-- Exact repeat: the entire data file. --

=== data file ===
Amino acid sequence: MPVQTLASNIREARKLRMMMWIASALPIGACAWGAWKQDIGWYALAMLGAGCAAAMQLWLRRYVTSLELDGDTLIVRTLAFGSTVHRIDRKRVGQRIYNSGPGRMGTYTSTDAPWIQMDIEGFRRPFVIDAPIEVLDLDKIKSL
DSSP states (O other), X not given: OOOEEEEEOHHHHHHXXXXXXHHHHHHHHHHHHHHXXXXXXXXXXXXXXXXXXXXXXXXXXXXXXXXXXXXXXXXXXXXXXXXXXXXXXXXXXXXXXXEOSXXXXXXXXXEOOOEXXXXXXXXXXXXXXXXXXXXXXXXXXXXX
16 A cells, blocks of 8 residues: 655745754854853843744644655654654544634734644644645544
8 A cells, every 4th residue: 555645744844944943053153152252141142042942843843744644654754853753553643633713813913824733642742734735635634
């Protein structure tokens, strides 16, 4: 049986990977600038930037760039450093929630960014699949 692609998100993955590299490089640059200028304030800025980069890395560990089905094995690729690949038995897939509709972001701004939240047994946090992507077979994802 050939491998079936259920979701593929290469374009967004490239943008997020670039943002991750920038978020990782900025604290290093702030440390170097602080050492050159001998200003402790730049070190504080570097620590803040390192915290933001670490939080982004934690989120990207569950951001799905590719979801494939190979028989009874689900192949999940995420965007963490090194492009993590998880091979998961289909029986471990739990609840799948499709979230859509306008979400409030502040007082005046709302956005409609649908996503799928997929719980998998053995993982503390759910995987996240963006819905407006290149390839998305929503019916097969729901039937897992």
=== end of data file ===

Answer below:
Amino acid sequence: MPVQTLASNIREARKLRMMMWIASALPIGACAWGAWKQDIGWYALAMLGAGCAAAMQLWLRRYVTSLELDGDTLIVRTLAFGSTVHRIDRKRVGQRIYNSGPGRMGTYTSTDAPWIQMDIEGFRRPFVIDAPIEVLDLDKIKSL
DSSP states (O other), X not given: OOOEEEEEOHHHHHHXXXXXXHHHHHHHHHHHHHHXXXXXXXXXXXXXXXXXXXXXXXXXXXXXXXXXXXXXXXXXXXXXXXXXXXXXXXXXXXXXXXEOSXXXXXXXXXEOOOEXXXXXXXXXXXXXXXXXXXXXXXXXXXXX
16 A cells, blocks of 8 residues: 655745754854853843744644655654654544634734644644645544
8 A cells, every 4th residue: 555645744844944943053153152252141142042942843843744644654754853753553643633713813913824733642742734735635634
């Protein structure tokens, strides 16, 4: 049986990977600038930037760039450093929630960014699949 692609998100993955590299490089640059200028304030800025980069890395560990089905094995690729690949038995897939509709972001701004939240047994946090992507077979994802 050939491998079936259920979701593929290469374009967004490239943008997020670039943002991750920038978020990782900025604290290093702030440390170097602080050492050159001998200003402790730049070190504080570097620590803040390192915290933001670490939080982004934690989120990207569950951001799905590719979801494939190979028989009874689900192949999940995420965007963490090194492009993590998880091979998961289909029986471990739990609840799948499709979230859509306008979400409030502040007082005046709302956005409609649908996503799928997929719980998998053995993982503390759910995987996240963006819905407006290149390839998305929503019916097969729901039937897992």